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Too many fouls in stadium playoff

While San Diego is pondering whether to build a football stadium to keep the Chargers in town, Japan is also facing challenges for a new stadium for the 2020 Olympics. The cost seems to be in the same ballpark, at $1.4 billion.

The city of Tokyo is clashing with the Diet, the Japanese parliament, over which authority will have to pony up most of the money for a new stadium for the Olympic Games.

Sound familiar?

Apparently local government and taxpayers are not too keen on the extravagant cost and requirement to always have a state-of-the-art facility for a sporting event.

That really sounds familiar.

As in the case of San Diego’s Qualcomm Stadium, Tokyo had an Olympic stadium in 1964, which was probably state-of-the-art at the time, but unacceptable in the 21st century. If there was any consideration to upgrade the former Olympic Stadium, it went away when the structure was torn down this year.

The recurring demand in the sporting world is for a new stadium. Advocates should take into consideration that many areas in Europe that were occupied by the Romans in the 1st century stage cultural events in the colosseums built by the Romans. Today, anything 20 years old is considered obsolete.

If the city of San Diego negotiates a deal with the Chargers that requires a new stadium, that would mean certain demolition of Qualcomm. The NFL leaders and Chargers owner won’t have any concern that two national award-winning structures in San Diego are the Salk Institute in La Jolla and Qualcomm. What a shame to destroy that legacy.

What is proposed as an “affordable” new stadium? The artist’s rendering submitted in connection with the mayor’s task force is not an architectural gem compared to Qualcomm.

A San Diego Union-Tribune analysis reported that billion-dollar stadiums are the new norm. Before the Great Recession, several stadiums were built for $600 million or less. From 2010, the cost has jumped to $1.7 billion for New York and proposals of $1.7 billion for Carson and $1.8 billion for Inglewood.

With these proposals in mind, a poll was taken showing that 48 percent of residents said they believed the Chargers will stay in San Diego, while 40 percent said they will move to Los Angeles. The response to public funding for a new stadium was less supportive as a means to keep the Chargers in San Diego.

As the mediation talks began in early June, the public response appeared to be turning against keeping the Chargers in San Diego at taxpayer cost. Reporters began to question the intent of the negotiators for the Chargers and the lack of transparency that triggered new public backlash two weeks ago.

Columnists and editorial writers began to weigh the value of city needs against the potential cost to build and maintain a new stadium. Most obvious is the delayed maintenance on public buildings, not to mention the condition of most of our streets and underground utilities that have deteriorated beyond normal maintenance.

Councilmember Mark Kersey, chairman of the city infrastructure committee, reports $1.7 billion of unfunded city facility repairs. The 284 city-occupied facilities surveyed showed 37 fair and 115 poor. Councilmember Todd Gloria says that Balboa Park’s 100-year-old water and sewerage needs replacement. Public toilet backups are too frequent.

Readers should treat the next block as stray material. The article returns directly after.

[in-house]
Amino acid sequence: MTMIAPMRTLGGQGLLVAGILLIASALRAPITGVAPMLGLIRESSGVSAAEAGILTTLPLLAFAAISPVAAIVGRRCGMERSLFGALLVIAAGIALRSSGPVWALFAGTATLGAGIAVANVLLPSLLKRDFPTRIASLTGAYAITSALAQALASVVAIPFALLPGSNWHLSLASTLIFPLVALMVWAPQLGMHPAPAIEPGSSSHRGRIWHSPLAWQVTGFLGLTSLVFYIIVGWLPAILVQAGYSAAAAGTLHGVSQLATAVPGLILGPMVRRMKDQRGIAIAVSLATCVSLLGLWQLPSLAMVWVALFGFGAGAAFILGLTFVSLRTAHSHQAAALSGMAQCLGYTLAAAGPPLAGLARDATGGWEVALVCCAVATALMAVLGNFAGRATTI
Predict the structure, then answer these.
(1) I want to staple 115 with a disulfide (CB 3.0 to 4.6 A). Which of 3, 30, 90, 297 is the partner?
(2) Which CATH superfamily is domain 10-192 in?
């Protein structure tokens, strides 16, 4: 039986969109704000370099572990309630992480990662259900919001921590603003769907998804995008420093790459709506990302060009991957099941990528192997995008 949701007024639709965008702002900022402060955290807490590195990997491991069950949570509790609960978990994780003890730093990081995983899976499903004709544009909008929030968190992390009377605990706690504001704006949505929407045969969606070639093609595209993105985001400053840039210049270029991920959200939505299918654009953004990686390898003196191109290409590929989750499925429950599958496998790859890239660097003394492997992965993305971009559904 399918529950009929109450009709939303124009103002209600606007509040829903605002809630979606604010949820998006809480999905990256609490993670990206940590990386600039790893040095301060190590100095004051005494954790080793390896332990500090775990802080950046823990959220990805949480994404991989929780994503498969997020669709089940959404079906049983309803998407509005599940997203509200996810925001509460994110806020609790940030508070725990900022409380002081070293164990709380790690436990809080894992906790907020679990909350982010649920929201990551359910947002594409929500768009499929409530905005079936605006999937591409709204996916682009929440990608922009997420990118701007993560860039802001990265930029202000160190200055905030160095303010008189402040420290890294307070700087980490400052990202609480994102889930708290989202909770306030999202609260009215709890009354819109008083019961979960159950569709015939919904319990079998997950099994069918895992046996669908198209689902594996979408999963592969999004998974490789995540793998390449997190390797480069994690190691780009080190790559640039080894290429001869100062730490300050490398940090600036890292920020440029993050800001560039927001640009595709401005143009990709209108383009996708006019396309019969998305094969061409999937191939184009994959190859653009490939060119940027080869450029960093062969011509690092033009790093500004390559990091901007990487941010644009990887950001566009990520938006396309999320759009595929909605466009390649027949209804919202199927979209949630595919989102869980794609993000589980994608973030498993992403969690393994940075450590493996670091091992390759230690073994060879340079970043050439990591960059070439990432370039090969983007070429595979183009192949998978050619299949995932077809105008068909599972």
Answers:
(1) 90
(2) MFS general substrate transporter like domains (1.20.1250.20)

An editorial in The San Diego Union-Tribune compared the current negotiations to Kabuki Theatre — a staged visual event not representing the real intent of the drama.

A thoughtful commentary by Mark Riedy (The Daily Transcript, April 29) equated the Chargers’ craving for a new stadium to San Diegans’ need for better civic social and economic funding. He wants to distinguish between “wants” and “needs.”

Riedy reminds us that stadium revenue shortfalls (often a deficit) come at the expense of fixing potholes and expanding water desalination, among many city infrastructure needs.

The sweetheart deals given to the Chargers have cost the city $3.2 million since 2006. The team keeps most of the revenues from sales and parking, and gets a lease credit for mandated ADA seat removal that alone cost the city $1.66 million in 2008.

The decision to underwrite the cost of keeping a football team in town is weighed in against the need for city services that benefit more citizens. That is the real playoff for a proposed ballot in December. However, the fouls in current negotiations continue.

The Chargers principal negotiator, Mark Fabiani, says the talks are going nowhere due to a questionable environmental impact clearance to develop the Mission Valley site. Even worse, the NFL will think this is a joke, he reports. That’s really a foul.

Ford is a freelance writer in San Diego. He can be reached at johnpatrick.ford@sddt.com.

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1 UserComments
Steve 12:00am June 19, 2015

Odd, isn't it, that the city of San Diego stands on the street corner with it's pockets pulled out like the guy on the Monopoly card when it comes to paying its fairly and openly negotiated pension and health care obligations to its employees, both working and retired, but they're as flush as G.I.Lovemoney just after passing "GO" when it comes to monuments to the plutocracy like "state-of-the-art" stadiums (read: luxury boxes for the fat cats). Yes, passing strange. I wonder how that happens.